Subject: Software business(es) (Was Re: EY invests in ...)
From: "Stephen J. Turnbull" <>
Date: Fri, 17 Sep 1999 11:43:00 +0900 (JST)

Russell Nelson wrote:

    >> But hmmm... if it's that easy, why aren't there more free
    >> software businesses?  :)

>>>>> "John" == John McDermott <> writes:

    John> Perhaps because there are few case studies.  [Book idea:
    John> Successful Free Software Businesses: Case Studies]

Plug, plug: I've had three responses to my proposal for a preliminary
questionnaire for such a project.  :-(  All positive, though.

BTW: You also need unsuccessful ones (preferably as prologues to the
success stories of the same entrepreneurs).

    John> I do think that the success of the Red Hat IPO will help
    John> other businesses think about becoming free software
    John> businesses, but even the IPO seems to have little helped
    John> businesses consider even *using* free software, let alone
    John> producing it.

Fred Brooks, Jr., tells a story[1] about Tom Watson, Sr., learning to
sell cash registers.  He applies it to teaching documentation skills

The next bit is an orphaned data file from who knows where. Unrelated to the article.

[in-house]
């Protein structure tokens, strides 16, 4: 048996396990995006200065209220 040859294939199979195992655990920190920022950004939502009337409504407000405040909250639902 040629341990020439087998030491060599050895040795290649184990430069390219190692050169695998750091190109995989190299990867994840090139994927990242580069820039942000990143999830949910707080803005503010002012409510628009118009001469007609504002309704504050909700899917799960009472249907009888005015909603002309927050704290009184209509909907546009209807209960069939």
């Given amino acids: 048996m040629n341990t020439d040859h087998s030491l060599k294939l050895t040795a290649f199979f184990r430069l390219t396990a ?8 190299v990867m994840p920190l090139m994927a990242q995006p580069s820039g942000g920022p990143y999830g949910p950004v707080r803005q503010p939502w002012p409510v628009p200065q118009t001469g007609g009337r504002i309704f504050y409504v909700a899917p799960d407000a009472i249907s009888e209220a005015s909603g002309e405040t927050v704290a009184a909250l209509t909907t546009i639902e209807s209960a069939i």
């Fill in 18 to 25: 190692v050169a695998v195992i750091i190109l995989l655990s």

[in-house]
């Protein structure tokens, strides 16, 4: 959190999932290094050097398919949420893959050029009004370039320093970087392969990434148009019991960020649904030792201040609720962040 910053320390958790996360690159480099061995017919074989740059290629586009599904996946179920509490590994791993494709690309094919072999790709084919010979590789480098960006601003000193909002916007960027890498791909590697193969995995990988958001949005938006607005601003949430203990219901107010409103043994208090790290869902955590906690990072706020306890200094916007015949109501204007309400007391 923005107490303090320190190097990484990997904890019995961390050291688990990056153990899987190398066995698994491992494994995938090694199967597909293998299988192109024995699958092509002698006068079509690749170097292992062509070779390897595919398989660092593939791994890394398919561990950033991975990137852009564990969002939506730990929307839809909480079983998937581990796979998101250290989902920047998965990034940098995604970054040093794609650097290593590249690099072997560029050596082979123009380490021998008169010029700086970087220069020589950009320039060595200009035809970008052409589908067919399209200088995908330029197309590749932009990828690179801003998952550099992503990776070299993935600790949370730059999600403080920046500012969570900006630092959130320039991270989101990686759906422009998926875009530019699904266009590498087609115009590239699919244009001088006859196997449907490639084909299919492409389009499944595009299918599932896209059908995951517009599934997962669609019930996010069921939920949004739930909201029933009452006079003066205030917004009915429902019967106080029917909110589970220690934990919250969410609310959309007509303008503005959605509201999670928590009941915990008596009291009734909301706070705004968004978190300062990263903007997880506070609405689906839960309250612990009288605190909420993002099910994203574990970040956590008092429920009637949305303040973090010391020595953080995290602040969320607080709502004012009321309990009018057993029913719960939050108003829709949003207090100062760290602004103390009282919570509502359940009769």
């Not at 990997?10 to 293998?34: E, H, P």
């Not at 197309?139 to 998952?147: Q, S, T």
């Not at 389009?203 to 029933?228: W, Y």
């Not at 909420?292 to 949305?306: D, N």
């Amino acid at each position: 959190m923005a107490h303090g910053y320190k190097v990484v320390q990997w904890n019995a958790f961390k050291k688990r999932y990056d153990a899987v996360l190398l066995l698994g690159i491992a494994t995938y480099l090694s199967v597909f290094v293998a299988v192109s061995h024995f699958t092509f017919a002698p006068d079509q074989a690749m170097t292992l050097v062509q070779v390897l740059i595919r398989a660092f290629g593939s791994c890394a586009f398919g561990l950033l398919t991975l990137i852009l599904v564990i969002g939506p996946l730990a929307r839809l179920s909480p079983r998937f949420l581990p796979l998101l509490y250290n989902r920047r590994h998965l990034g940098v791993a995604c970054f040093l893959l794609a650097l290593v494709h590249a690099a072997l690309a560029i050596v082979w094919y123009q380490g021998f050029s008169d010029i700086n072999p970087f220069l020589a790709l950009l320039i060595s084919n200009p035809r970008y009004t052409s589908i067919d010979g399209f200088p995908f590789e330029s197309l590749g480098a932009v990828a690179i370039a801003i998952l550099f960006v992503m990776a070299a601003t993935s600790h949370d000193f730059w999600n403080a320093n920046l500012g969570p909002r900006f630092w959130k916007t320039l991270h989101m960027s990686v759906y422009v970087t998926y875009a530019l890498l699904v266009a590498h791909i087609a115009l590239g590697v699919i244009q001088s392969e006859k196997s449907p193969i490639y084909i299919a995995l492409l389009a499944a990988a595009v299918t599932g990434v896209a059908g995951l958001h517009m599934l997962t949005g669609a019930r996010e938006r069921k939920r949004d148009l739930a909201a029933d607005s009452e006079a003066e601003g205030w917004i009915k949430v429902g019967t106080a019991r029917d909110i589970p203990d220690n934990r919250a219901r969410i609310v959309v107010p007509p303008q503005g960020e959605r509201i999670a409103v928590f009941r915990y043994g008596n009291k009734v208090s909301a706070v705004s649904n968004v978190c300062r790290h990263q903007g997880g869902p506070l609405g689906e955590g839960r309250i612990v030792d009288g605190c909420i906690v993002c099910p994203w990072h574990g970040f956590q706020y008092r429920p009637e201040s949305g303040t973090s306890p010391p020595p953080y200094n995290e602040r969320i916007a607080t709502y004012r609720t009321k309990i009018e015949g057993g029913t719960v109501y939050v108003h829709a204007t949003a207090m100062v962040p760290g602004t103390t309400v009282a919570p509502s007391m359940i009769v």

to programmers.  We need to turn it around and apply it to teaching
selling skills again, to programmers.

Part of the problem is that many free software businesses (those that
produce software) need both wizard programming and berserker selling,
precisely because it's so easy to catch up and so hard to build a
brand without the protection of a government franchise.  That
combination is hard to find.

It just occurred to me that one reason it's hard to build a brand is
that it's hard to point to hard statistics on satisfied customers who
have paid hard cash.  Also, most businesses get substantial growth from
referrals; if your mainline product is available for free downloading, 
that customer has no opinion of your worthiness _as a business
partner_, no matter how much they like your product.

If you didn't read it here first, will you lend me your URLs?

[1]  The Mythical Man-Month, Ch. 15, p. 164.

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What are those two straight lines for?  "Free software rules."